COMMENT: The 2016 Amendments to Criminal Rule 41: National Search Warrants to Seize Cyberspace, “Particularly” Speaking

Devin M. Adams

George Orwell‘s dystopia, with the ever-watchful Big Brother, has seemingly become a reality with the recently passed amendments to Rule 41 of the Federal Rules of Criminal Procedure. Rule 41, governing searches and seizures, now permits magistrate judges to authorize agents—under a single warrant—to “remotely access,” and simultaneously search, copy and seize information from an infinite number of unknown electronic devices in multiple districts anywhere in the country. The unlimited jurisdiction provision is triggered when a device‘s location is obscured through “technological means,” or if agents are investigating computer crimes in five or more districts—regardless of whether the locations of the innumerable search targets are known. Absent clairvoyance, this begs the question of how Fourth Amendment warrant requirements are applied to such a sweeping search.

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COMMENT: Digital Technology and Analog Law: Cellular Location Data, the Third-Party Doctrine, and the Law‘s Need to Evolve

Justin Hill

Law enforcement agencies consistently utilize Cell Site Location Information (“CSLI”) generated by a suspect‘s cell phone to place that suspect at the scene of a crime. Despite the widespread use of these tactics, consensus in the legal realm regarding the Fourth Amendment‘s protection of CSLI remains unrefined. The most recent federal circuit courts to address the issue have each applied the third-party doctrine to find no Fourth Amendment protection of the CSLI information in question.1 However, this apparent uniformity is deceptive. Two of those circuits came to opposite conclusions before the panel opinions were reversed en banc. Each decision has also been met with vociferous opposition within the circuit. Furthermore, the Third Circuit, the first to address the issue, found that the third-party doctrine did not apply at all. Adding fuel to the fire, three state high courts have taken on the issue and found the gathering of at least some forms of CSLI without a search warrant unconstitutional on state grounds. Twelve additional states have statutorily insured privacy protection in at least some forms of CSLI data.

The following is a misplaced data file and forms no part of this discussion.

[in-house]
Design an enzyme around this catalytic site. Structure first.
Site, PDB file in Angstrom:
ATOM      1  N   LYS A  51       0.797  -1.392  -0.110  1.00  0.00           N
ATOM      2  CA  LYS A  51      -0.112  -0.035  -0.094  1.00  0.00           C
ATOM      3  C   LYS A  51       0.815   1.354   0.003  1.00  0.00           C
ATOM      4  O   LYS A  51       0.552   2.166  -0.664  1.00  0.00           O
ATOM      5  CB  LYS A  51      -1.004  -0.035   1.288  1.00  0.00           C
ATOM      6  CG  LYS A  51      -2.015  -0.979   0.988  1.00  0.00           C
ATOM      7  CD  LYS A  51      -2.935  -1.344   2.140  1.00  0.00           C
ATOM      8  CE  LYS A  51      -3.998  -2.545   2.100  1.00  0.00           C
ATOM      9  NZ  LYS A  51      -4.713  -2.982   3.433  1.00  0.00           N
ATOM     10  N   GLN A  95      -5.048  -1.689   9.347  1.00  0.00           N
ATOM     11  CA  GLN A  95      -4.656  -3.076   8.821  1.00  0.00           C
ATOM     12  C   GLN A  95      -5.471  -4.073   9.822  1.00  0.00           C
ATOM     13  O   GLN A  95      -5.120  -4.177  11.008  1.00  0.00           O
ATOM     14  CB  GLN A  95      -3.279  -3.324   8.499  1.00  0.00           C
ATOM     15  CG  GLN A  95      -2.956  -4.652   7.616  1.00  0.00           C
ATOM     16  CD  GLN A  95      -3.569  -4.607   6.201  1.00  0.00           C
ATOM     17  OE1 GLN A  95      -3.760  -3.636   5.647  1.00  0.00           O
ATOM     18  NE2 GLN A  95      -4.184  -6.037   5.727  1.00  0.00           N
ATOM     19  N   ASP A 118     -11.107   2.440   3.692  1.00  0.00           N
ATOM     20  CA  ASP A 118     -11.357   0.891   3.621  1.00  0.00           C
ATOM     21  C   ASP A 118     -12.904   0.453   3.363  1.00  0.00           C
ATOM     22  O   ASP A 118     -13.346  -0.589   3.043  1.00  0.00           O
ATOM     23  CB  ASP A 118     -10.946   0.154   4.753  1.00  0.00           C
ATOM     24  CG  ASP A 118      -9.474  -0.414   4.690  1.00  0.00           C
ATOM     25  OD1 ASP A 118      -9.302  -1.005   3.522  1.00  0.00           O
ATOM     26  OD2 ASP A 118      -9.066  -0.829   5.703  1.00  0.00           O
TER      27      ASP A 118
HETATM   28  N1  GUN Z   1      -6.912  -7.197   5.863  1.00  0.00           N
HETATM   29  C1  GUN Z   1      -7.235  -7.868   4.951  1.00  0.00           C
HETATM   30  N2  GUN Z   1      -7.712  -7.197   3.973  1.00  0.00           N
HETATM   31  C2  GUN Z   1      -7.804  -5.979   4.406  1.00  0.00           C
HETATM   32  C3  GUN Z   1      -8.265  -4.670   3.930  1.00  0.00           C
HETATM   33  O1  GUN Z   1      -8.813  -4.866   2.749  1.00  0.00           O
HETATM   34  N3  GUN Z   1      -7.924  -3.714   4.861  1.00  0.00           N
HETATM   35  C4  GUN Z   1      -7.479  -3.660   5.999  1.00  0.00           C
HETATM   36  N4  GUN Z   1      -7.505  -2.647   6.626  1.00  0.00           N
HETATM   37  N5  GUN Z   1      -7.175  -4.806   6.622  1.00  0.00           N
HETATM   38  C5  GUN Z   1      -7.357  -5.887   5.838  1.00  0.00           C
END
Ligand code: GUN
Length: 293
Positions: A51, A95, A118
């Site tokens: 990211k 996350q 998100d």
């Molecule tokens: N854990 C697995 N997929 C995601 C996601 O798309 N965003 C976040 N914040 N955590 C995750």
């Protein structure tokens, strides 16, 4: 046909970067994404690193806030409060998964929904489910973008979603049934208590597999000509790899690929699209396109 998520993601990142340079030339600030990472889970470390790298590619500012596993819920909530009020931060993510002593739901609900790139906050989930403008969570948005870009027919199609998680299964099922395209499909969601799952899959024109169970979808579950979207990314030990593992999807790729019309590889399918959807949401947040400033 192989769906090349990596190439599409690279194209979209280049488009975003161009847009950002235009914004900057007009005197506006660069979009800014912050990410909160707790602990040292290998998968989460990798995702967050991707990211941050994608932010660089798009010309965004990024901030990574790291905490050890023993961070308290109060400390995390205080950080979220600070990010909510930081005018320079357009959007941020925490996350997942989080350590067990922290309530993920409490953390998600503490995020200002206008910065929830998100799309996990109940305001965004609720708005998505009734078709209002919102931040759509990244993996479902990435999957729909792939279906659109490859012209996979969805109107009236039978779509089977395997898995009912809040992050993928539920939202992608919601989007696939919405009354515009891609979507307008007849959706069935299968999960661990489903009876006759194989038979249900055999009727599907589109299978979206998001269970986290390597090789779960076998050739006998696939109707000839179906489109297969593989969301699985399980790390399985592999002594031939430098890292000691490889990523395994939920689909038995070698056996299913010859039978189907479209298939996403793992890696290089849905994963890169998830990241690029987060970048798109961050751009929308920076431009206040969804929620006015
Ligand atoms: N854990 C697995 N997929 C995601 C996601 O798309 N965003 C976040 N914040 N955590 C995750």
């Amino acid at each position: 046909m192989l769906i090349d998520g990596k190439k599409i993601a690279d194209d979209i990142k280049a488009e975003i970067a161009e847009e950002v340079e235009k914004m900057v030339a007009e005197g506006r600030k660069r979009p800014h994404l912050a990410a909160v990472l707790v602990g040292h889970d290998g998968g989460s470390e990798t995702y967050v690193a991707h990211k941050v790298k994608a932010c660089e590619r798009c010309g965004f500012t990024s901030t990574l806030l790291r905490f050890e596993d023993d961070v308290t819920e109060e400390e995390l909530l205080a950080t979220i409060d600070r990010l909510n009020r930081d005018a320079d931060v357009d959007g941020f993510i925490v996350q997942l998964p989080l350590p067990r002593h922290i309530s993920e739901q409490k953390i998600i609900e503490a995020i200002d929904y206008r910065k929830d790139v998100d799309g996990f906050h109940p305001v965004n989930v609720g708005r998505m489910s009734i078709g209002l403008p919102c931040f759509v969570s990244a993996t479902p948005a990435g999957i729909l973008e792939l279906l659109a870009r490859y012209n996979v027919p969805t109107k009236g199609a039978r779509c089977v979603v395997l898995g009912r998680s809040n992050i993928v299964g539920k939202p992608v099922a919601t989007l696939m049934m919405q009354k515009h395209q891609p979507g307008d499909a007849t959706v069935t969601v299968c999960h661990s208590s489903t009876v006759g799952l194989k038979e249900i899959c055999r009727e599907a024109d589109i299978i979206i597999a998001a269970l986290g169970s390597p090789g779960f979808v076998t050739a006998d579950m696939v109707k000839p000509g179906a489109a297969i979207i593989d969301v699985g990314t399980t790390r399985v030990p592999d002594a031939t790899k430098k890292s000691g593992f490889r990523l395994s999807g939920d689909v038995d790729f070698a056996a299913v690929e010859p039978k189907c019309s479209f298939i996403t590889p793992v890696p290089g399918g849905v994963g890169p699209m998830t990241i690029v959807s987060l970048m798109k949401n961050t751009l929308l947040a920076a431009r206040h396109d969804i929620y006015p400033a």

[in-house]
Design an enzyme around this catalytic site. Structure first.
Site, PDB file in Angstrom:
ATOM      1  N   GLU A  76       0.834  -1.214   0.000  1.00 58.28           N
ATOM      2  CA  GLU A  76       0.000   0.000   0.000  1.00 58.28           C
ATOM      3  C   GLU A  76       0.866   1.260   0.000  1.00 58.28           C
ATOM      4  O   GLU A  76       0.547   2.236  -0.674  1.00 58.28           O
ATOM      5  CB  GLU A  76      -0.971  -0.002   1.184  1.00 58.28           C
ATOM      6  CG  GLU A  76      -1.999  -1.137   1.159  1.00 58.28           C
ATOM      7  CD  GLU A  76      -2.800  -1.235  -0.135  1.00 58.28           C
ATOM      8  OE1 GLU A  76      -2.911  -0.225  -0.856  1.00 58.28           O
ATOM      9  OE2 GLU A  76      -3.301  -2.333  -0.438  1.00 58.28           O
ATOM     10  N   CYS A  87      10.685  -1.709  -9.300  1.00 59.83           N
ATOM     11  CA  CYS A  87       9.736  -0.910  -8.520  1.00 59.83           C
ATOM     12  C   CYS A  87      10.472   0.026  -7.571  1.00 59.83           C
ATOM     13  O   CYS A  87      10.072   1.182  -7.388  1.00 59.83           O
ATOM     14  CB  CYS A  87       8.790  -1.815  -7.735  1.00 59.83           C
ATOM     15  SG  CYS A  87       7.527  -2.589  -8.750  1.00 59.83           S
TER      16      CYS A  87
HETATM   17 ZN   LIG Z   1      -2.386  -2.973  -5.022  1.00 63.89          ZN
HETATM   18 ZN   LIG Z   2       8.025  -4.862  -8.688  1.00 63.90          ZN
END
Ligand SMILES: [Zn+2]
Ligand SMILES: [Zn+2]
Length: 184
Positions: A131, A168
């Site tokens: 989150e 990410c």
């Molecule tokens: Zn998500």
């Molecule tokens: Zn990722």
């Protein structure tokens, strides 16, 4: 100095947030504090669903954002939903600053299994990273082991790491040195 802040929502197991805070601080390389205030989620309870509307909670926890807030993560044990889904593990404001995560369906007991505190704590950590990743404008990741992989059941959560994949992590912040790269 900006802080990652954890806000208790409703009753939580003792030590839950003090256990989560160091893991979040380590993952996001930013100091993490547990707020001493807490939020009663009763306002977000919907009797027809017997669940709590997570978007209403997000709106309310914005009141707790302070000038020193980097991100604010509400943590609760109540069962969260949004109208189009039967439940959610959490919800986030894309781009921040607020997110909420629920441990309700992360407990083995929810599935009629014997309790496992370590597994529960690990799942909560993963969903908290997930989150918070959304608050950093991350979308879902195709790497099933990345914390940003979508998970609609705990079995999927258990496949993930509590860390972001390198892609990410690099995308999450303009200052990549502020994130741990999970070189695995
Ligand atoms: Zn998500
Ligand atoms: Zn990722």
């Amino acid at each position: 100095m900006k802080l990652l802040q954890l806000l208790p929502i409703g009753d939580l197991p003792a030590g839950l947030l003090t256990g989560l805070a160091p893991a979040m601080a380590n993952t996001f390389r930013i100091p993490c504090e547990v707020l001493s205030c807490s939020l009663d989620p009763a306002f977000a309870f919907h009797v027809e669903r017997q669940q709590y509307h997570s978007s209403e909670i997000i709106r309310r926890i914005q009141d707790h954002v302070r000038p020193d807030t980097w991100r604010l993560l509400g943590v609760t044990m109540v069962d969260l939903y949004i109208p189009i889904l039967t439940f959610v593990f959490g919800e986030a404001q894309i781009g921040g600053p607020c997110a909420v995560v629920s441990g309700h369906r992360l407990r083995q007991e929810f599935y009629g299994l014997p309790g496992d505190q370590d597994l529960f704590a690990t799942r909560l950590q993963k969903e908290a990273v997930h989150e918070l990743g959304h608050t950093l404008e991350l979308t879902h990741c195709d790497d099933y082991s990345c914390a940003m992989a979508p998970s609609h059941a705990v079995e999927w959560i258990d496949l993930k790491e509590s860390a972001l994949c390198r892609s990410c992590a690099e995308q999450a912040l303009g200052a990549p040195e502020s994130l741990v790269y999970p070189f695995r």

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“I Want My File”: Surveillence Data, Minimization, and Historical Accountability

Douglas Cox

Revelations of secret National Security Agency (:NSA”) intelligence collection programs and other federal and state surveil- lance programs have reignited the debate over the relative value of individual privacy rights and national security. This article argues that in this debate greater attention must be paid to the “right to know” both the individual‘s “right to know” what records the government collects on them and the public’s “right to know” the scope of government surveillance programs—and that federal recordkeeping laws are the appropriate legal mechanism to ensure both long-term government accountability and the historical record.

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Enhancing Cybersecurity in the Private Sector by Means of Civil Liability Lawsuits— The Connie Francis Effect

Jeffrey F. Addicott

Change is an inevitable component of the human experience, both for individuals and the businesses that they operate within society. Sometimes changes in business standards and practices are brought about simply through the normal course of technical “evolution,” but in other cases changes are brought about as the result of new laws. While the Constitution most certainly envisions that laws should emanate from the legislative branch of government, legal mandates rooted in the rich heritage of common law can come from the workings of the judicial branch. Indeed, in the modern world, jurisprudence has been a vital component in shaping—or attempting to shape—normative behavior within society by pronouncing new legal obligations, sometimes even in opposition to the majority will of the people.

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Classified Information Cases on the Ground: Altering the Attorney-Client Relationship

Paul G. Gill